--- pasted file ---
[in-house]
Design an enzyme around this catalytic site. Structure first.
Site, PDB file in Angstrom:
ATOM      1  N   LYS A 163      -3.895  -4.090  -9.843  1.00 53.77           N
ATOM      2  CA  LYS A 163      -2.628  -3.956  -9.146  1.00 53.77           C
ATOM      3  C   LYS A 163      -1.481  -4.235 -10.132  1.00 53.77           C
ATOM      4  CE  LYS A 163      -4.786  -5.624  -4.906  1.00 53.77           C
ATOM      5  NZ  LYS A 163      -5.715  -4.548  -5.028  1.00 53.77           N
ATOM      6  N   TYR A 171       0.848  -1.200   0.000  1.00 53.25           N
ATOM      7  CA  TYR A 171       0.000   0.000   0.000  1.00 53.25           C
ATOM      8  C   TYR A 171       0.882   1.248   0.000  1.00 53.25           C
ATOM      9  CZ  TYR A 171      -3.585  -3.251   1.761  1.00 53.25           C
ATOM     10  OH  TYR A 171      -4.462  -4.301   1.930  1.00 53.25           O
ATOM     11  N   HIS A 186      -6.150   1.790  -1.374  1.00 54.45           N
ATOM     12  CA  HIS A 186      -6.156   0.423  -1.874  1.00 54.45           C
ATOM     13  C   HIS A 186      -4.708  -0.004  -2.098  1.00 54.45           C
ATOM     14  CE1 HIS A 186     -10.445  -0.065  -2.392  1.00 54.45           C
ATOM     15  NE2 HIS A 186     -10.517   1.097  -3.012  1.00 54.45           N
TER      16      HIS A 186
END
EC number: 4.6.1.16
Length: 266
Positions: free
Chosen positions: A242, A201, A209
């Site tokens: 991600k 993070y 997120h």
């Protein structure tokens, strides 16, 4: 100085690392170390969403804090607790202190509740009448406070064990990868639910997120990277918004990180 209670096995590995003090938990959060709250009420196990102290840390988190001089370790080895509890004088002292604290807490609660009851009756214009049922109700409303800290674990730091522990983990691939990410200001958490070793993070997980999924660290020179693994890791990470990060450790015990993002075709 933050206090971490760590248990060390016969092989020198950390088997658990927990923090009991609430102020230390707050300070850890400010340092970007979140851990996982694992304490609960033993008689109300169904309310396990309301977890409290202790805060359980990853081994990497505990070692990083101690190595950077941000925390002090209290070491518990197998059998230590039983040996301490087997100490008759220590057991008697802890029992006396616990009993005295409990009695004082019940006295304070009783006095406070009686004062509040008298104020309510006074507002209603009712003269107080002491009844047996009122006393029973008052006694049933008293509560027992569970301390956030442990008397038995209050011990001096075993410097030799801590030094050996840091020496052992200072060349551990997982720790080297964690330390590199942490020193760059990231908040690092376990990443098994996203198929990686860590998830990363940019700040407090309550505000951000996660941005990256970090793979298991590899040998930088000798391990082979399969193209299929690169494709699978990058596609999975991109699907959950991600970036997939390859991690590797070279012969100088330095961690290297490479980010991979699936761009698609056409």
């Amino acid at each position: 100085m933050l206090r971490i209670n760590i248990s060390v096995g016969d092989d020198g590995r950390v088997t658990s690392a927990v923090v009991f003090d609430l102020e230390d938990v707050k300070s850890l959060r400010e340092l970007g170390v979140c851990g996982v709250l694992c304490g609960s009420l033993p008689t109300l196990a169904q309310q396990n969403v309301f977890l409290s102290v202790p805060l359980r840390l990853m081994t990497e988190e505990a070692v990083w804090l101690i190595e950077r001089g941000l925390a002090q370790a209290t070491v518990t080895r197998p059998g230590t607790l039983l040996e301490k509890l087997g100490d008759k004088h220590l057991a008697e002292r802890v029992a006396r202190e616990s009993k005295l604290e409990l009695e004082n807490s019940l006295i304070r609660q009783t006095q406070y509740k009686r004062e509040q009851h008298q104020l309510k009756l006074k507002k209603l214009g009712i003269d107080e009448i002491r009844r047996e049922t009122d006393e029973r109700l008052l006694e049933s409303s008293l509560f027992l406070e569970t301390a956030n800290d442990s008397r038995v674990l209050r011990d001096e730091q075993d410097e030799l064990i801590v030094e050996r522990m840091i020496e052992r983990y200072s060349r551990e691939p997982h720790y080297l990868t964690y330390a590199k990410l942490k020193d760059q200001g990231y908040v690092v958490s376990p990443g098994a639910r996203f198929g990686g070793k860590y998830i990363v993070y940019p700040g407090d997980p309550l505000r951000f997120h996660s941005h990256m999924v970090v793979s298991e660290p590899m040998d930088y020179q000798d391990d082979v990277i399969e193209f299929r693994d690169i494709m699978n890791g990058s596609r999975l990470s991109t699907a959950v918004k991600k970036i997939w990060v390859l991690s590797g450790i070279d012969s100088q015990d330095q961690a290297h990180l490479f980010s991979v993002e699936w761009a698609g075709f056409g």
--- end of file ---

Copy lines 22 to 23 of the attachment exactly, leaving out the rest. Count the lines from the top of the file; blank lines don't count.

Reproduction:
Length: 266
Positions: free